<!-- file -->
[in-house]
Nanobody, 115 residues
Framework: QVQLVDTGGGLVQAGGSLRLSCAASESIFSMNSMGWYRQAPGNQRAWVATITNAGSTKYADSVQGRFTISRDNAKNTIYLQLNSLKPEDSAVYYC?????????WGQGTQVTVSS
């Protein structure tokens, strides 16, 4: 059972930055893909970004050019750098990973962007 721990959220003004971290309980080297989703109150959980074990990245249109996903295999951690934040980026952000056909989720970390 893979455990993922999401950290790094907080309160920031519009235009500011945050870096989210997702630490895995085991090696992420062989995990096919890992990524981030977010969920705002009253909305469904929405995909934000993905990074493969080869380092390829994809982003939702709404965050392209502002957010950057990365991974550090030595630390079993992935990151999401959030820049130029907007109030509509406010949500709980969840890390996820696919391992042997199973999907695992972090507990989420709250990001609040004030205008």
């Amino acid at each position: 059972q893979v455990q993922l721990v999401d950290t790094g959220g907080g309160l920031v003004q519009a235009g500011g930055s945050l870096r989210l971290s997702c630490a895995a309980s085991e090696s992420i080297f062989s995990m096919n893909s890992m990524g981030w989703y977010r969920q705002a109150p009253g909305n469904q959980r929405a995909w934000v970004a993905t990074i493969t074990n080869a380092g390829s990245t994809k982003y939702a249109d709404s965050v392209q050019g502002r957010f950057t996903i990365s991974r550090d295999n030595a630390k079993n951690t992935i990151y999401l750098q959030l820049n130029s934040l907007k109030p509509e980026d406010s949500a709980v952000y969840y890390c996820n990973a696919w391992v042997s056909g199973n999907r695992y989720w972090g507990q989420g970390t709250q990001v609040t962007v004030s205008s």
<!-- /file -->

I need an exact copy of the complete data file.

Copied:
[in-house]
Nanobody, 115 residues
Framework: QVQLVDTGGGLVQAGGSLRLSCAASESIFSMNSMGWYRQAPGNQRAWVATITNAGSTKYADSVQGRFTISRDNAKNTIYLQLNSLKPEDSAVYYC?????????WGQGTQVTVSS
């Protein structure tokens, strides 16, 4: 059972930055893909970004050019750098990973962007 721990959220003004971290309980080297989703109150959980074990990245249109996903295999951690934040980026952000056909989720970390 893979455990993922999401950290790094907080309160920031519009235009500011945050870096989210997702630490895995085991090696992420062989995990096919890992990524981030977010969920705002009253909305469904929405995909934000993905990074493969080869380092390829994809982003939702709404965050392209502002957010950057990365991974550090030595630390079993992935990151999401959030820049130029907007109030509509406010949500709980969840890390996820696919391992042997199973999907695992972090507990989420709250990001609040004030205008």
């Amino acid at each position: 059972q893979v455990q993922l721990v999401d950290t790094g959220g907080g309160l920031v003004q519009a235009g500011g930055s945050l870096r989210l971290s997702c630490a895995a309980s085991e090696s992420i080297f062989s995990m096919n893909s890992m990524g981030w989703y977010r969920q705002a109150p009253g909305n469904q959980r929405a995909w934000v970004a993905t990074i493969t074990n080869a380092g390829s990245t994809k982003y939702a249109d709404s965050v392209q050019g502002r957010f950057t996903i990365s991974r550090d295999n030595a630390k079993n951690t992935i990151y999401l750098q959030l820049n130029s934040l907007k109030p509509e980026d406010s949500a709980v952000y969840y890390c996820n990973a696919w391992v042997s056909g199973n999907r695992y989720w972090g507990q989420g970390t709250q990001v609040t962007v004030s205008s």